FIG. 2 shows a magnified drawing of sample and its periphery of the apparatus in this invention. The focused ion-become 2 and electron-beam 7 which are scanned by scanning electrode 32 in ion-optics systems and by scanning coil 82 are alternatively irradiated onto sample 4 and secondary electron 5a, 5b which are excited by ion and electron are detected by secondary electron detector 5. Such secondary electron signal 5a, 5b which are detected as above are amplified by amplifier (for secondary electron) 5c and are input into process computer (CPU) 12, and then displayed on display CRT 13 respectively as SIM image and SEM image. By way of these images, confirmation of processing position, shape processed, and cross-section surface processed, of sample can be realized.

Reflection electron 9a which is reflected due to irradiation of electron beam 7 on sample surface which is TEM sample observation surface make by spatter-etching by irradiation of focused ion beam 2 is detected by electron detector 9. Reflection electron signal detected above is amplified by amplifier 9b and is input into CPU 12, then displayed onto CRT 13 as reflection electron.

X ray 10a, which is directly excited by irradiated electron beam 7 on and is discharged from sample surface, and X ray 10b, which electron that transmitted thin-film processed position of the sample and is scattered, emitted by excitation of sample of which portion is other than the observation surface of sample, are detected by X ray detector 10. X ray signal as such detected above is amplified by amplifier 10c and is input into CPU 12 and displayed on CRT 13 as X ray image. Moreover, electron beam 11a which is irradiated by electron beam 7 and transmitted sample 4 almost without being scattered is detected by transmission electron detector 11. Transmission electron signal as such detected above is amplified by amplifier 11b and is input into CPU 12 and then is displayed on CRT 13 as transmission electron image. Absorbed electric current which is the current that irradiated electron beam 7 is absorbed into sample 4 as current is amplified by amplifier 4b and is input into CPU 12 and is displayed on CRT 13 as absorbed electric current.

Since thickness of sample (work) in process can be estimated by monitoring the intensity of these signals, optimization of thickness of TEM sample can be realized. Moreover, since reflection electron, transmission electron and X ray which are all excited by electron beam are different in the characteristics from secondary electron, observation of reflection electron image, transmission electron image and X ray image which are originated in electron beam excitation due to the irradiation of electron beam 7 can be done even when the focused ion beam 2 is irradiated. That is, while TEM sample is processed in making through spattering and etching by ion beam irradiation, the thickness of sample can be confirmed by monitoring of reflection electron, transmission electron and electron-excited X ray which are emitted by electron beam excitation by its simultaneous irradiation with that of ion beam.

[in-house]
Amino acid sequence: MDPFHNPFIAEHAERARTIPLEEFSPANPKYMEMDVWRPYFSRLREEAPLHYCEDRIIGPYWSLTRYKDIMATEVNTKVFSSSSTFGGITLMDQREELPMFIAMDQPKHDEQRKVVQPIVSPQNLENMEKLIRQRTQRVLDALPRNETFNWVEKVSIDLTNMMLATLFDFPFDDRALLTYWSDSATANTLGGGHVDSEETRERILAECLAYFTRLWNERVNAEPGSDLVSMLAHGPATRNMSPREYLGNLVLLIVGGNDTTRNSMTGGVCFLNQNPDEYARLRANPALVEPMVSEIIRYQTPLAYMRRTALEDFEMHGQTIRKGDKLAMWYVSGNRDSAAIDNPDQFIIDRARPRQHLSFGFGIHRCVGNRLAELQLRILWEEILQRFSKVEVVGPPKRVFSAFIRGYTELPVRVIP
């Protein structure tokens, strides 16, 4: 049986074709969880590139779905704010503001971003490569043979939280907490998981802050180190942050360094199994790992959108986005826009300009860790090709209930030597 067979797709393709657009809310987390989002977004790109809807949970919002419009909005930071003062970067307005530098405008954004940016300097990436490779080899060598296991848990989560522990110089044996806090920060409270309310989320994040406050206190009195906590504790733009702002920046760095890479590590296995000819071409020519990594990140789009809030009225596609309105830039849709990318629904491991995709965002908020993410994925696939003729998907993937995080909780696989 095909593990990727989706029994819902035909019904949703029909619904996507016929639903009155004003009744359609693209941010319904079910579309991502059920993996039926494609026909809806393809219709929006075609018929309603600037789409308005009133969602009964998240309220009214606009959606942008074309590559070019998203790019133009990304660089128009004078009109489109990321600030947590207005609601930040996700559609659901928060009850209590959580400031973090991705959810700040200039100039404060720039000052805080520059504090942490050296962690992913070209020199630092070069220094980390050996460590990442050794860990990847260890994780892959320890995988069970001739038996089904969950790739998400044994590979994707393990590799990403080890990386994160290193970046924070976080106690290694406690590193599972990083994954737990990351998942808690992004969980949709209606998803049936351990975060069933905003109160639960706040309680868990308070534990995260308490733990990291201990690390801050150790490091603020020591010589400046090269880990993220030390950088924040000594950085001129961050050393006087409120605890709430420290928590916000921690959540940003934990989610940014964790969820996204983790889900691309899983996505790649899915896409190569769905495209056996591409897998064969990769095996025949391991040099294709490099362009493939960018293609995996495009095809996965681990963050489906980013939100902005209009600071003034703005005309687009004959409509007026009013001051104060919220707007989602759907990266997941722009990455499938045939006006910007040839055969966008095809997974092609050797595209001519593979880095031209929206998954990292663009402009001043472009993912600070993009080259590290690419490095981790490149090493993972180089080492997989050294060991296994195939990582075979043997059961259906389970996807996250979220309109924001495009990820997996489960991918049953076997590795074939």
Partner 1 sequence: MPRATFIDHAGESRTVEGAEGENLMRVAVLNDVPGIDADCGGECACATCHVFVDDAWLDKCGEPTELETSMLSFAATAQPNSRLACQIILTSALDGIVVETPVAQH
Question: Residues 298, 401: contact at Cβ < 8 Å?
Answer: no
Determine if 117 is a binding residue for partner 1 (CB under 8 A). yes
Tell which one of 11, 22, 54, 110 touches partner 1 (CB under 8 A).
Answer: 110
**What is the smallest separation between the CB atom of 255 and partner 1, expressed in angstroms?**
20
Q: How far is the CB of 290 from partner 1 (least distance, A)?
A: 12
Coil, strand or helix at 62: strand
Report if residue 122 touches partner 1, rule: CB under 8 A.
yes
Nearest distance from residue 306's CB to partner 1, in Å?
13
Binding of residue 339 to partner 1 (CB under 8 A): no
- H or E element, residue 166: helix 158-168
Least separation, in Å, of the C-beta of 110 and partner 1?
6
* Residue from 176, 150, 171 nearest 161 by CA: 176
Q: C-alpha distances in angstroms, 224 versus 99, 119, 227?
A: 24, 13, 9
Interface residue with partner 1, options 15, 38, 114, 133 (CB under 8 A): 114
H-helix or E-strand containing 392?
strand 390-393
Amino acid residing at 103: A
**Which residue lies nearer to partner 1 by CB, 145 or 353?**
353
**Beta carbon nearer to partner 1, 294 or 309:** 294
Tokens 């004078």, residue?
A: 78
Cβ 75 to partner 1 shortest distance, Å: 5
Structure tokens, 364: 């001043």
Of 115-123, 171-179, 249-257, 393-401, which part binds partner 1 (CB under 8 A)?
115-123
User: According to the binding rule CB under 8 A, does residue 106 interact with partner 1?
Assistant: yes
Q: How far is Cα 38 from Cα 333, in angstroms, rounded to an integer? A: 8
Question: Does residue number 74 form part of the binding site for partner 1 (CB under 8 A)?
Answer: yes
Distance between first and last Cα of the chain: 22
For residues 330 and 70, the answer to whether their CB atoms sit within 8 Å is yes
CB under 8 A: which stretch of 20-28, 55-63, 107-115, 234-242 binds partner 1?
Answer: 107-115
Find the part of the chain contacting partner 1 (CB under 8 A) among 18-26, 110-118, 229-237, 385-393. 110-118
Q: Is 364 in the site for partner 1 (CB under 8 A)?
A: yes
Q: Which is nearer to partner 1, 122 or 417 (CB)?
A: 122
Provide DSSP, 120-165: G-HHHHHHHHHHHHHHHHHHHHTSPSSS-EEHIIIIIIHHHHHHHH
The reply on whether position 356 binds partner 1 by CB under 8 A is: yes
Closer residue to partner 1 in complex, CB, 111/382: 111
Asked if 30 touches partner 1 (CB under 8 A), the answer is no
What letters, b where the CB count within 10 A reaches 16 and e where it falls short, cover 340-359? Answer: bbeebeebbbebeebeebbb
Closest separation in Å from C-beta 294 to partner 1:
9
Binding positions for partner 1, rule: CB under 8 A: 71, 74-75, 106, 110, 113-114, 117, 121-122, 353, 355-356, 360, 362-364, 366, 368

FIG. 6 shows a drawing which is for explanation of an embodiment of processing method in this invention. The surface layer which includes observation purpose area of semiconductor circuit (IC) sample (device-formed area), which is sample 4 for TEM observation of cross-section surface, is polished mechanically to the shape as shown in FIG. 6(a).

Semiconductor circuit on sample 4 is sliced by the width of 0.5 to 1 mm and then device portion which is formed on the sample surface 4a is polished at the depth of 50 to 100 μm and as a result, the rear side of it is eliminated which is the rest portion under the device surface of which depth is up to 100 μm.

Next, secondary electron which originated due to focused ion beam 2 irradiation is detected by secondary electron detector 5 and observed through SIM image, by means of irradiating the said focused ion beam 2, while scanning, onto the surface 4a of sample 4 by way of the focused ion beam irradiation systems. The observation image above is, for example, shown in FIG. 6(b). Then the position to observe a (cross) section 22 is to be decided through SIM observation image above. The position to observe a (cross) section 22 in this embodiment is a cross-section of contact hole 19. A broad local area which includes contact hole portion 19 where observation position 22 is in is determined and which is local area of a formed film 20 for CVD metal film 23 (film formed by ion beam and CVD), then metal film 23 is formed on the area, by alternate repetitions spraying of CVD gas (metal organic compound fog) by gas gun (which is not shown) and of irradiation of the focused ion beam 2 on the inside of local area of a formed film, this metal film 23 has an effect that the damage of the sample surface 4a due to irradiation of focused ion-beam 2 is alleviated.